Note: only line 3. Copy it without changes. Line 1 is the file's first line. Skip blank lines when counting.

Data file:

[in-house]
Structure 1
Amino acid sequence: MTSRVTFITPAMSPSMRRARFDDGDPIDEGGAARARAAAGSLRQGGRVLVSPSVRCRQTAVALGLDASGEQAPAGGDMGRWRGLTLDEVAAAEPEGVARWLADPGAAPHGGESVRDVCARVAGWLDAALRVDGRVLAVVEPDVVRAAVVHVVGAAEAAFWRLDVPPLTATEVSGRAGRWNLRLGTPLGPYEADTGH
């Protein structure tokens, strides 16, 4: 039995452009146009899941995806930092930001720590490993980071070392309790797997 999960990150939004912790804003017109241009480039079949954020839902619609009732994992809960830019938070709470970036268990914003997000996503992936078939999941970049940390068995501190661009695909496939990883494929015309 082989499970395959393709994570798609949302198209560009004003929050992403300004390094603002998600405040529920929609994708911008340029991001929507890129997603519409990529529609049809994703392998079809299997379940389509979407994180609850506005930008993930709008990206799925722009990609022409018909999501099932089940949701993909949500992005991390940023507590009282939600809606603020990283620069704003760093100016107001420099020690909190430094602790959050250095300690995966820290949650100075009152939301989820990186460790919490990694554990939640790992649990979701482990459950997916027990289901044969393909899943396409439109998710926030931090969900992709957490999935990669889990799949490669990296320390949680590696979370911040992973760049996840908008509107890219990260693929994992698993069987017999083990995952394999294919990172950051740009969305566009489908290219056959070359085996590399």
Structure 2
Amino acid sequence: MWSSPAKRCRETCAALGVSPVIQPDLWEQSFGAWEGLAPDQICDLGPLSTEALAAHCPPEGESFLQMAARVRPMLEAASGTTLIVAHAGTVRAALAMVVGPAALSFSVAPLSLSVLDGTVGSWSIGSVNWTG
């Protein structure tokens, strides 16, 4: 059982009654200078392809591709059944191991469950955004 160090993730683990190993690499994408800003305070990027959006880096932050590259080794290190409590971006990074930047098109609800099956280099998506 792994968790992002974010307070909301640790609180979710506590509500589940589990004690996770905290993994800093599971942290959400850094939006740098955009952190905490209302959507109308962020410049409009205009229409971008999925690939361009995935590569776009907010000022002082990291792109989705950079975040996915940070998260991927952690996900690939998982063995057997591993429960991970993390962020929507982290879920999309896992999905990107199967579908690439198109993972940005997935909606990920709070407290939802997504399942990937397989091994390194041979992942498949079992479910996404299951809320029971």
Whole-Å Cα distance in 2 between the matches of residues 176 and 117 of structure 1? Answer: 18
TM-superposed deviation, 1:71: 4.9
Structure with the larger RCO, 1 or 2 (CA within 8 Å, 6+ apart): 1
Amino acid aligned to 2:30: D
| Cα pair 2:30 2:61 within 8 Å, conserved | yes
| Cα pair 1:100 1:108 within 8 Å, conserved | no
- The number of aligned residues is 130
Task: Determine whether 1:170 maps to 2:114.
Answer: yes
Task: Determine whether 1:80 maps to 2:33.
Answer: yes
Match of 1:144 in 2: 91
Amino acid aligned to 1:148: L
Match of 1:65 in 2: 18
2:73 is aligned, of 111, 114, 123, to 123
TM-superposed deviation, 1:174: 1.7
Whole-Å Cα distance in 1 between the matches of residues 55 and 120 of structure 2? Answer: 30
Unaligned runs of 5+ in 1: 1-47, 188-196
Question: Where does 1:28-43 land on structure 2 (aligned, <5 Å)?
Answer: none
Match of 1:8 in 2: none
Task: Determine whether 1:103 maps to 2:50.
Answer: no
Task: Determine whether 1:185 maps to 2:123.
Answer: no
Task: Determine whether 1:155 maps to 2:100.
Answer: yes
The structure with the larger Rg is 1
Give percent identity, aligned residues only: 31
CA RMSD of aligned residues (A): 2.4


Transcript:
Amino acid sequence: MTSRVTFITPAMSPSMRRARFDDGDPIDEGGAARARAAAGSLRQGGRVLVSPSVRCRQTAVALGLDASGEQAPAGGDMGRWRGLTLDEVAAAEPEGVARWLADPGAAPHGGESVRDVCARVAGWLDAALRVDGRVLAVVEPDVVRAAVVHVVGAAEAAFWRLDVPPLTATEVSGRAGRWNLRLGTPLGPYEADTGH